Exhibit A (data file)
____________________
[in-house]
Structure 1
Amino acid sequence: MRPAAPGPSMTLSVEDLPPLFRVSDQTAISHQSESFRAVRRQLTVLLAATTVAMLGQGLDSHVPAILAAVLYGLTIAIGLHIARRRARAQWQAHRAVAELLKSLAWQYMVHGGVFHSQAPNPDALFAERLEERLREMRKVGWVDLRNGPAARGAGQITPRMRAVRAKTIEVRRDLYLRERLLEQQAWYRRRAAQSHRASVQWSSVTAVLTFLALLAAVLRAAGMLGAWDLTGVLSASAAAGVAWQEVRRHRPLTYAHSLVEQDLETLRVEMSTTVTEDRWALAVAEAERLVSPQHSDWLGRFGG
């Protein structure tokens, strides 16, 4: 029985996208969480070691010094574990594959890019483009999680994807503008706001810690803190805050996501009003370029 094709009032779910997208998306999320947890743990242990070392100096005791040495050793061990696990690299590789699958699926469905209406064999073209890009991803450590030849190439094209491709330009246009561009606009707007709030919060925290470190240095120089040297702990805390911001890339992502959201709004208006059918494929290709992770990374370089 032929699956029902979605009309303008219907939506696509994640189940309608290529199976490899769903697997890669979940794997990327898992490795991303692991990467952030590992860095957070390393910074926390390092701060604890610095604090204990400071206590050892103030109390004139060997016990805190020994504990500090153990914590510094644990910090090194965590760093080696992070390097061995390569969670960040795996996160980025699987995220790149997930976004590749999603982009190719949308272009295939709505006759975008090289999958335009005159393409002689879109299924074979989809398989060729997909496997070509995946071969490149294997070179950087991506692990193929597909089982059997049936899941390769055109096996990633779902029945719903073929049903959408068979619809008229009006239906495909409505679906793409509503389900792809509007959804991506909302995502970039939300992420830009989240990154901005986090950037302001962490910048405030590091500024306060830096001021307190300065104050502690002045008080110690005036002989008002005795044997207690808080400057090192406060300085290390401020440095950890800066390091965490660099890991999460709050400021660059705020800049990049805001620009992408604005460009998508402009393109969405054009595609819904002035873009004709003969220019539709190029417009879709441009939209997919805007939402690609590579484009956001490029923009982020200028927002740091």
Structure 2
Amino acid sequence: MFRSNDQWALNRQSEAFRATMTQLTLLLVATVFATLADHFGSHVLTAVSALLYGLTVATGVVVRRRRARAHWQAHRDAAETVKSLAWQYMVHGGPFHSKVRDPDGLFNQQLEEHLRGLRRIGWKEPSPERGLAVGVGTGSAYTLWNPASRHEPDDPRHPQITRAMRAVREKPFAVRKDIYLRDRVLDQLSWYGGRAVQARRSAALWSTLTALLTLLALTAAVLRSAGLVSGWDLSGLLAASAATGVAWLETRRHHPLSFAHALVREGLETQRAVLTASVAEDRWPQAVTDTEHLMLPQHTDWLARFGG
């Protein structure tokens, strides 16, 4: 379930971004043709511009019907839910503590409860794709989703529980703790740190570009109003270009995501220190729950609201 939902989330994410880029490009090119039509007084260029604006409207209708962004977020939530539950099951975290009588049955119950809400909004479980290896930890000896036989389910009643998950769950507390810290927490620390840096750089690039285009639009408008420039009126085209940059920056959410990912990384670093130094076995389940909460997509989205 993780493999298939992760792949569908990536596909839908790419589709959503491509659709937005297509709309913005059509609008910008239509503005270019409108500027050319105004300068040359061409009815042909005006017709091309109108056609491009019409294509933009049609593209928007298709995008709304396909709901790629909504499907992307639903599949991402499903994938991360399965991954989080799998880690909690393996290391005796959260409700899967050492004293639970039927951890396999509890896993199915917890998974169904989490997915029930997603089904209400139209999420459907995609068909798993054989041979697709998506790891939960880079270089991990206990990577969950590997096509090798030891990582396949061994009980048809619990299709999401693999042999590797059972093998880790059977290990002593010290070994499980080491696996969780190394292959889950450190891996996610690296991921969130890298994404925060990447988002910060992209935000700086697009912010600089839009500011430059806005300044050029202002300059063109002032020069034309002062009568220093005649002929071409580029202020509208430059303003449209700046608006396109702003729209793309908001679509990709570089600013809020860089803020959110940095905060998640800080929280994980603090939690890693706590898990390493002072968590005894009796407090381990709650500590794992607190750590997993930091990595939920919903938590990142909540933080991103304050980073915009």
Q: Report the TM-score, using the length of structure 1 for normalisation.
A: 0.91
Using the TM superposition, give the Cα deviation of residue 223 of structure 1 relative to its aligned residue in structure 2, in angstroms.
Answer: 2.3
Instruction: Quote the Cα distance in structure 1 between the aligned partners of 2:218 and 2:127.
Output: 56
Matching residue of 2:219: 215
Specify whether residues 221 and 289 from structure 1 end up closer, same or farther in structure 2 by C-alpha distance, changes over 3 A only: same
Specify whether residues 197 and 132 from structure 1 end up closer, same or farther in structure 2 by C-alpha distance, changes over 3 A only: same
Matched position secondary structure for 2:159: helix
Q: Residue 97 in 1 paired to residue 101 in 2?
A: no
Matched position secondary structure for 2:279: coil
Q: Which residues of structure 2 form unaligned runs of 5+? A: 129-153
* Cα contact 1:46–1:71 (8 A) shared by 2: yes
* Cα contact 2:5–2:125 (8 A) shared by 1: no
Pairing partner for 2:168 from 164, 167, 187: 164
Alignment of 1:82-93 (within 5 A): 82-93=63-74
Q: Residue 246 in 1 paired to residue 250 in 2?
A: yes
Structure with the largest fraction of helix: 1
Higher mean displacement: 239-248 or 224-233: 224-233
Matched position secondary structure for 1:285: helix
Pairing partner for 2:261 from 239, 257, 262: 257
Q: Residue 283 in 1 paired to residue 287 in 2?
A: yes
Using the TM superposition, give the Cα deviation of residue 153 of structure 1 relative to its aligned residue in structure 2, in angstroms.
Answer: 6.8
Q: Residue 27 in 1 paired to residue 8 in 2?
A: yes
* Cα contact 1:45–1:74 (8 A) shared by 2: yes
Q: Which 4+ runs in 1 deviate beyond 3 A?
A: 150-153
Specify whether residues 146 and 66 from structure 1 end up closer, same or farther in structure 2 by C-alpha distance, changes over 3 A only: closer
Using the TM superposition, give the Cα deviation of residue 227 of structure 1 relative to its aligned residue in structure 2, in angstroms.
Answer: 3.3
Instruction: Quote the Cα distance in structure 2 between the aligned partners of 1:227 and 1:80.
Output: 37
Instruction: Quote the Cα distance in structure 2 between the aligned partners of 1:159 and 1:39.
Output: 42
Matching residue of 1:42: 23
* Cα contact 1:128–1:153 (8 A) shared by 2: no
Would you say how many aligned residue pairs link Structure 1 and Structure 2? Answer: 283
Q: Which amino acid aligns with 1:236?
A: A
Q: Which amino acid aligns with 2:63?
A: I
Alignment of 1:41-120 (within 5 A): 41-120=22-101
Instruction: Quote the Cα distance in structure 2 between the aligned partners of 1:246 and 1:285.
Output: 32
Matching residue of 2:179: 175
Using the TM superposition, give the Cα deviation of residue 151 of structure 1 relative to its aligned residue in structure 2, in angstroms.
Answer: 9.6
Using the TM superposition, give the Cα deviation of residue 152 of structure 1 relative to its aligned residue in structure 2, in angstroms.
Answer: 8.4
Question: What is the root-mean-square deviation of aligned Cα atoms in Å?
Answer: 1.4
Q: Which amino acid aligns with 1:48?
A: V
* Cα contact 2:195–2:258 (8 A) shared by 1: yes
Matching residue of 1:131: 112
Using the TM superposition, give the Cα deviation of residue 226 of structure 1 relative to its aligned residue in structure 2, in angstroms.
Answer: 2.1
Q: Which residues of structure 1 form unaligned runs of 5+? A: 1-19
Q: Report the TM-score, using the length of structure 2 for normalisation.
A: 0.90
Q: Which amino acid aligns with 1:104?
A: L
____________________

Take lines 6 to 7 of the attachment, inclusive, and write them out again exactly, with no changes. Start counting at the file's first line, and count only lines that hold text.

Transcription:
Amino acid sequence: MFRSNDQWALNRQSEAFRATMTQLTLLLVATVFATLADHFGSHVLTAVSALLYGLTVATGVVVRRRRARAHWQAHRDAAETVKSLAWQYMVHGGPFHSKVRDPDGLFNQQLEEHLRGLRRIGWKEPSPERGLAVGVGTGSAYTLWNPASRHEPDDPRHPQITRAMRAVREKPFAVRKDIYLRDRVLDQLSWYGGRAVQARRSAALWSTLTALLTLLALTAAVLRSAGLVSGWDLSGLLAASAATGVAWLETRRHHPLSFAHALVREGLETQRAVLTASVAEDRWPQAVTDTEHLMLPQHTDWLARFGG
């Protein structure tokens, strides 16, 4: 379930971004043709511009019907839910503590409860794709989703529980703790740190570009109003270009995501220190729950609201 939902989330994410880029490009090119039509007084260029604006409207209708962004977020939530539950099951975290009588049955119950809400909004479980290896930890000896036989389910009643998950769950507390810290927490620390840096750089690039285009639009408008420039009126085209940059920056959410990912990384670093130094076995389940909460997509989205 993780493999298939992760792949569908990536596909839908790419589709959503491509659709937005297509709309913005059509609008910008239509503005270019409108500027050319105004300068040359061409009815042909005006017709091309109108056609491009019409294509933009049609593209928007298709995008709304396909709901790629909504499907992307639903599949991402499903994938991360399965991954989080799998880690909690393996290391005796959260409700899967050492004293639970039927951890396999509890896993199915917890998974169904989490997915029930997603089904209400139209999420459907995609068909798993054989041979697709998506790891939960880079270089991990206990990577969950590997096509090798030891990582396949061994009980048809619990299709999401693999042999590797059972093998880790059977290990002593010290070994499980080491696996969780190394292959889950450190891996996610690296991921969130890298994404925060990447988002910060992209935000700086697009912010600089839009500011430059806005300044050029202002300059063109002032020069034309002062009568220093005649002929071409580029202020509208430059303003449209700046608006396109702003729209793309908001679509990709570089600013809020860089803020959110940095905060998640800080929280994980603090939690890693706590898990390493002072968590005894009796407090381990709650500590794992607190750590997993930091990595939920919903938590990142909540933080991103304050980073915009």